Wednesday, August 22, 2012

Aiming Straight

I don't know what possessed my dad to buy us a dart set. The one in the photo (left) was exactly the same set I used as a kid growing up in Geylang. I discovered them again recently in an old toy shop somewhere near Bugis Junction. I think some company in China revived and manufactured them.

Along with this dart set, my dad also bought a dart board, which looked like wood. But when we started pelting it with the darts, it soon became apparent that the dark board was made of rolled up cardboard. It was in concentric circles and wound very tightly. Each segment was numbered 1 to 20. The bull's eye at the center was painted red. Actually, it's coiled construction helped it to 'heal' from the holes we made.

Like I said, I do not know what possessed my dad to buy us this game. No matter which door we hung the dart board on, it proved to be a danger to that person walking in. Also, we would miss the board and hit the door, thus incurring the wrath of our mom for making holes in it. We would then hang it on the back of a chair, which was no better. We soon started making holes in it as well. Eventually we got bored and aimed our darts at cardboard boxes. But that would bring another round of scolding and caution. "Don't you go poke holes in my cloth pieces inside!" She was referring to her "poh shui" (Cantonese for patch-work pieces).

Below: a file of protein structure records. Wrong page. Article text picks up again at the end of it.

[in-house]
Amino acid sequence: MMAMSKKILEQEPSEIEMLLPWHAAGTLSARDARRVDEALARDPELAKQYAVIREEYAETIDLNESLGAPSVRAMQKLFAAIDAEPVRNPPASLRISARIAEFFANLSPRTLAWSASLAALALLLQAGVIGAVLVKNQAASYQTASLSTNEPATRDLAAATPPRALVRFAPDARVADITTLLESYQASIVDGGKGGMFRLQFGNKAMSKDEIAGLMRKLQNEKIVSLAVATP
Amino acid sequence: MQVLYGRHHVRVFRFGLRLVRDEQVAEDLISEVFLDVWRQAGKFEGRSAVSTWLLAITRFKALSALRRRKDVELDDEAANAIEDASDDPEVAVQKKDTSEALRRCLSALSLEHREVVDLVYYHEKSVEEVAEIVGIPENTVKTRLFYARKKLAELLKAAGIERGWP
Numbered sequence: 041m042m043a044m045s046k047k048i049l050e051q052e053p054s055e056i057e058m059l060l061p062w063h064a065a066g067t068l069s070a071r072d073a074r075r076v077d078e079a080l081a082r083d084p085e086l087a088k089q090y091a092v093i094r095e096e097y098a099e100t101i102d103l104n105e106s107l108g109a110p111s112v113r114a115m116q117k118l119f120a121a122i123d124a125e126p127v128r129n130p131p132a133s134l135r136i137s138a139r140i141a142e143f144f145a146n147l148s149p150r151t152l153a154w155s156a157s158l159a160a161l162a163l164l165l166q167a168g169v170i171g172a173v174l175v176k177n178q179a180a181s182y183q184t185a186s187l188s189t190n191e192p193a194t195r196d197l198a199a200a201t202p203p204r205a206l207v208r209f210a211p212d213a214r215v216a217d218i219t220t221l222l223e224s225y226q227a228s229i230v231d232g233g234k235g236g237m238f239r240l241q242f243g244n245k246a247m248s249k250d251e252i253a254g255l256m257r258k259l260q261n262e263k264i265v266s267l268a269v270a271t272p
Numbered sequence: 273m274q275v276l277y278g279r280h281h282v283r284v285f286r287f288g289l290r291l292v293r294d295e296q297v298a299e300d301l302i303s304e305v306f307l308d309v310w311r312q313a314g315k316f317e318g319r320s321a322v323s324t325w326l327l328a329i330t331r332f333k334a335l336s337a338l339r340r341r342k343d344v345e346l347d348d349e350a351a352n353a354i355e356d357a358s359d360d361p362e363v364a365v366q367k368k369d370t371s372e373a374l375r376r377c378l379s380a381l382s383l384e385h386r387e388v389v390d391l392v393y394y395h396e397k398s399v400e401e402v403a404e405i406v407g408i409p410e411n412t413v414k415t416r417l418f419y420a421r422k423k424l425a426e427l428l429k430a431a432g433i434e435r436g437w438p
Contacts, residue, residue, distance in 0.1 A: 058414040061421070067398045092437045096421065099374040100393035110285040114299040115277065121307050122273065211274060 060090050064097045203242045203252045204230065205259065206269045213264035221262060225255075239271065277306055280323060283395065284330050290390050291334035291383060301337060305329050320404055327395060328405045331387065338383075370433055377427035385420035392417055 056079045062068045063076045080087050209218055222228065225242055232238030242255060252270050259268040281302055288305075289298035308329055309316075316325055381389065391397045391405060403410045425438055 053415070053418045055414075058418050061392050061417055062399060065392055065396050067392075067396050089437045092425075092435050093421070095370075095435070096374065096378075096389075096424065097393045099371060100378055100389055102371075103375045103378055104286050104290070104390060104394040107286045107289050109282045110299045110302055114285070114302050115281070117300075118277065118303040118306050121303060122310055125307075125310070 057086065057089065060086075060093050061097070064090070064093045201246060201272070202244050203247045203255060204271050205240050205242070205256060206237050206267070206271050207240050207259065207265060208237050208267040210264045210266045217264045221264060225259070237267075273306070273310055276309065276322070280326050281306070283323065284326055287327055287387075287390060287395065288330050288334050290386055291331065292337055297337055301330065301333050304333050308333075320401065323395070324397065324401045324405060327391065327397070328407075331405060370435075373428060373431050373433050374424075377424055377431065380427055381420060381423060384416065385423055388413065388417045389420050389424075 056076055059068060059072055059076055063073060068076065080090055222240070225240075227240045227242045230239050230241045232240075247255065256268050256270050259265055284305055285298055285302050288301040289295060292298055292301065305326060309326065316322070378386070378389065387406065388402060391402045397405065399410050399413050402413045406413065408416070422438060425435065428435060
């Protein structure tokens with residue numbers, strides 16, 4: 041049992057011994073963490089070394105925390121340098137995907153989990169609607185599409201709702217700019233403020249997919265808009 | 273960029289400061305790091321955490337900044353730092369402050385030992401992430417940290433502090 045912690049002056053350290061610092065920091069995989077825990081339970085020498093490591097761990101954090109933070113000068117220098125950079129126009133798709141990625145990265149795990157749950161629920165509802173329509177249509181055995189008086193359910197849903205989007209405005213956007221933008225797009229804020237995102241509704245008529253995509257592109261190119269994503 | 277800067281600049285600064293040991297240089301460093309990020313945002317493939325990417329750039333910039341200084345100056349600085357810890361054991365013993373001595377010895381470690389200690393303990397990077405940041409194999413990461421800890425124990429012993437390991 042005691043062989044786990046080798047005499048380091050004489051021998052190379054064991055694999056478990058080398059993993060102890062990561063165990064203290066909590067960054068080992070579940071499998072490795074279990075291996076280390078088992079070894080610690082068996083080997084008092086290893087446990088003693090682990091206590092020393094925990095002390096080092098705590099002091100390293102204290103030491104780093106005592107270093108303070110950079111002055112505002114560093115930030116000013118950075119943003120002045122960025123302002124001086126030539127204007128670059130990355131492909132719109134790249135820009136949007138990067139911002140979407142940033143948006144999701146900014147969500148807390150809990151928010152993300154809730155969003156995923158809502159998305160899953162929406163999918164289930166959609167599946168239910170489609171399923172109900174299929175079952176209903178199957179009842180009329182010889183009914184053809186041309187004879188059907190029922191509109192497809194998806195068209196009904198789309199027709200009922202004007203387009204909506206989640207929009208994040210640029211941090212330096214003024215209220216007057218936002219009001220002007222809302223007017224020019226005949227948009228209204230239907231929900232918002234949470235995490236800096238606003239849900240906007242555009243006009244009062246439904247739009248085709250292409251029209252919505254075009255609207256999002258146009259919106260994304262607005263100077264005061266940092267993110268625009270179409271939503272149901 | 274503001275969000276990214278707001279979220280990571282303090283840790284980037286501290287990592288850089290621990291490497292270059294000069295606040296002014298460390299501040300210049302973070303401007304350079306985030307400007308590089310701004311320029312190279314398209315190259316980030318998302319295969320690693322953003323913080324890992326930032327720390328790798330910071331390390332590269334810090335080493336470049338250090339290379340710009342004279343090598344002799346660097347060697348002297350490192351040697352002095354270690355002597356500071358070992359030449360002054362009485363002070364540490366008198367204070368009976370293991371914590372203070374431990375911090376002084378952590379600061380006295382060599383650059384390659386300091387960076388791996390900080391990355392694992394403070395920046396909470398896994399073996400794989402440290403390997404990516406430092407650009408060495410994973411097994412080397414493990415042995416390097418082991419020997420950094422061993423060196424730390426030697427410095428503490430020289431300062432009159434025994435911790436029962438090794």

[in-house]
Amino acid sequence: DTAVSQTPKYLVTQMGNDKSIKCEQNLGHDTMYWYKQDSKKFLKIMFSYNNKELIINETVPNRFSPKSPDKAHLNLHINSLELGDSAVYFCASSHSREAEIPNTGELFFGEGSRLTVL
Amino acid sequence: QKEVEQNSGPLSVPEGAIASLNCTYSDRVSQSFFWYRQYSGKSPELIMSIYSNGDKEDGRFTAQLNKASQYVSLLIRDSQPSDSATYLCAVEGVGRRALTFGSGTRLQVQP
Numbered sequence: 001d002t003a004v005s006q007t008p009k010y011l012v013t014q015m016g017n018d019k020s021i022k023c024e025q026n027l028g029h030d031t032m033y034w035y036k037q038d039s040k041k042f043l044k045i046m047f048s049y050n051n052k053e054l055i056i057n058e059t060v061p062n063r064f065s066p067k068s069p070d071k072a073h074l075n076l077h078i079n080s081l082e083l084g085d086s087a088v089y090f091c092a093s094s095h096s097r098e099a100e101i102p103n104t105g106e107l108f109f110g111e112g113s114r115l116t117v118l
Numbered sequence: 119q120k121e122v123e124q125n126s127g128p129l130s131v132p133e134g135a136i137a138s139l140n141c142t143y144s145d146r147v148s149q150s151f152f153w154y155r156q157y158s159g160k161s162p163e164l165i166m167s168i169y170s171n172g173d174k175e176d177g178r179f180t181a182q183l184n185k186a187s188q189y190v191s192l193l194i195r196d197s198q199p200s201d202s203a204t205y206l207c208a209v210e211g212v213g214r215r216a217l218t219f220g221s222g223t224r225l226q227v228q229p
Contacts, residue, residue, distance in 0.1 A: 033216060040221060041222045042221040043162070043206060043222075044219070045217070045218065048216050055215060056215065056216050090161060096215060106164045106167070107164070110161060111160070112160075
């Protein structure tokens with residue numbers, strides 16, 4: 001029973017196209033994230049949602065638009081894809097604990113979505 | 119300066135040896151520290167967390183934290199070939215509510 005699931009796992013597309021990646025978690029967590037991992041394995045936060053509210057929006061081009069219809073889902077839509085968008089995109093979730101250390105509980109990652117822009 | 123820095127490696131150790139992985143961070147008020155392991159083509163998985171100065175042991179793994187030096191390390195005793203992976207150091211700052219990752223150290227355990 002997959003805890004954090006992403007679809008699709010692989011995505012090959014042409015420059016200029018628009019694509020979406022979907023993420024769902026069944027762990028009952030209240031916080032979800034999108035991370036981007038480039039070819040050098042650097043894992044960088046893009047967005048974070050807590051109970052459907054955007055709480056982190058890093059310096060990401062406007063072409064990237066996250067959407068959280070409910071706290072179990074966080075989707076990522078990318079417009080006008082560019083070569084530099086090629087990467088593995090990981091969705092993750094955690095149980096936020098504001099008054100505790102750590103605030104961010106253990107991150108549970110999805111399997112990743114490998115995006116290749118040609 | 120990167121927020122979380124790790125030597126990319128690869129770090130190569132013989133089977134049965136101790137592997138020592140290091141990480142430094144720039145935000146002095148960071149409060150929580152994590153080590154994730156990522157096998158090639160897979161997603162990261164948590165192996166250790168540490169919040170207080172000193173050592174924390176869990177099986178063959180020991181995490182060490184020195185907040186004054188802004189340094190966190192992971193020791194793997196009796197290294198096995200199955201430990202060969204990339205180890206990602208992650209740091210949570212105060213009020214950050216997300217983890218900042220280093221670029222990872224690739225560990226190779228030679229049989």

At times our misses would chip at the rough walls creating sparks. Since it was such a novel effect, we would start skimming darts on the concrete surface of our backlane just so to see sparks fly. Of course, that would blunt the darts. But more the reason to grind them on the ground to create more sparks!

That's the sort of mischief we would get up to. We all loved animals, so we would never ever throw darts at them.

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